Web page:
There have been more and more studies appearing that are reporting climate change as the culprit for changes in size, population and adaption for different species. However, a recent study of moths has found that the increase or decrease of population cannot only be attributed to climate change but other factors.

In a University of Michigan study conducted over 32 years, researchers studied the populations of subarctic forest moths. This study, ran from 1978 to 2009, used light traps at night to catch around 388,000 moths from 456 species at Varrio Strict Nature Reserve in Finland located 155 miles north of the Arctic Circle. This study provides a unique insight on the roles that ecological forces have effected populations and proves that increased precipitation and warmer temperatures affects the rate of population growth. Most recent moth studies have found a decrease in moth population, but researchers were surprised to find the moth population stable or even increasing in some species.

Mark Hunter, the Henry A. Gleason Collegiate Professor in the University of Michigan Department of Ecology and Evolutionary Biology states that, "Every time the weather was particularly warm or particularly wet, it had a negative impact on the rates at which the populations grew. Yet, overall, most of these moth populations are either stable or increasing, so the only possibility is that something else other than climate change—some other factor that we did not measure—is buffering the moths from substantial population reductions and masking the negative effects of climate change."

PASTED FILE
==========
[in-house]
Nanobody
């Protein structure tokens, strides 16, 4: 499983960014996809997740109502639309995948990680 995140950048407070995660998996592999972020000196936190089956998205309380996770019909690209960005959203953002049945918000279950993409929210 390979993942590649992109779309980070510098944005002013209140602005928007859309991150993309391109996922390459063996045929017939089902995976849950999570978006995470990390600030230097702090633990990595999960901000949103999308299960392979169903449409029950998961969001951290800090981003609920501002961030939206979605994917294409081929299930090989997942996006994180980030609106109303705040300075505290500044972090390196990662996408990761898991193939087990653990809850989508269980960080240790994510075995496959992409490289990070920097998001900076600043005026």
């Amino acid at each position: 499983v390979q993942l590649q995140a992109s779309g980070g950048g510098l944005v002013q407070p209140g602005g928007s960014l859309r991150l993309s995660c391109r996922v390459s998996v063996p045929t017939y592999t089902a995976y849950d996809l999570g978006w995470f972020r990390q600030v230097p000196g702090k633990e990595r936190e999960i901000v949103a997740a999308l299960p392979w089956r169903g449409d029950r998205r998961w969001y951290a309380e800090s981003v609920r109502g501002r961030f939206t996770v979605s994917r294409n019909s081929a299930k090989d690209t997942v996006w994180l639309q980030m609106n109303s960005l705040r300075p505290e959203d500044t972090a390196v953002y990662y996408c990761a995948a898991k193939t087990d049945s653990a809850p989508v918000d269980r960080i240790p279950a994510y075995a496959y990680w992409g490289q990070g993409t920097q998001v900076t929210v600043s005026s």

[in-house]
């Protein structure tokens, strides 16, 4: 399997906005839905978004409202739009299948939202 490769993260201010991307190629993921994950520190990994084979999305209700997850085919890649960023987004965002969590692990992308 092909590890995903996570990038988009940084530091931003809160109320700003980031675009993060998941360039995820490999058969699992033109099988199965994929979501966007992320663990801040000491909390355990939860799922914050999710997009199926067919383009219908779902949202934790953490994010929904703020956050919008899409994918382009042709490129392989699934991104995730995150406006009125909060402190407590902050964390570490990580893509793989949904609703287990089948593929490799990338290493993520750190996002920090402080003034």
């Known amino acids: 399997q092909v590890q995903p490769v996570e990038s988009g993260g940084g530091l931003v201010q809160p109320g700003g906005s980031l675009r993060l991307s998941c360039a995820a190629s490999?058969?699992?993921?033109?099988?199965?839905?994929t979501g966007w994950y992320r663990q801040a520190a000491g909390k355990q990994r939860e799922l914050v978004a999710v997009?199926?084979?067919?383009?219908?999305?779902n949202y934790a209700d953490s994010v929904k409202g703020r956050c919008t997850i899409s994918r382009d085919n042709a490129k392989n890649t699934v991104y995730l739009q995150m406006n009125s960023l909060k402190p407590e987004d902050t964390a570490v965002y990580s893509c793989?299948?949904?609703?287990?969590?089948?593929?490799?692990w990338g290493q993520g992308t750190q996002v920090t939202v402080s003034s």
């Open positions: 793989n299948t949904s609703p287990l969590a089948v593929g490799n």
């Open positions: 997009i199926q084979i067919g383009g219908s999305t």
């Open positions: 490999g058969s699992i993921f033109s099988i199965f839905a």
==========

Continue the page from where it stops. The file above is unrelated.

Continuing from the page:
This means that if the unknown ecological force is helping buffer the moths from a population decrease, this could mean that it is also skewing the impact of climate change on other species. In this theory proposed by Hunter, this means that scientists are underestimating the harmful effect that climate change has on animals and plants. The question then becomes: What is this buffer and how long can it hold out?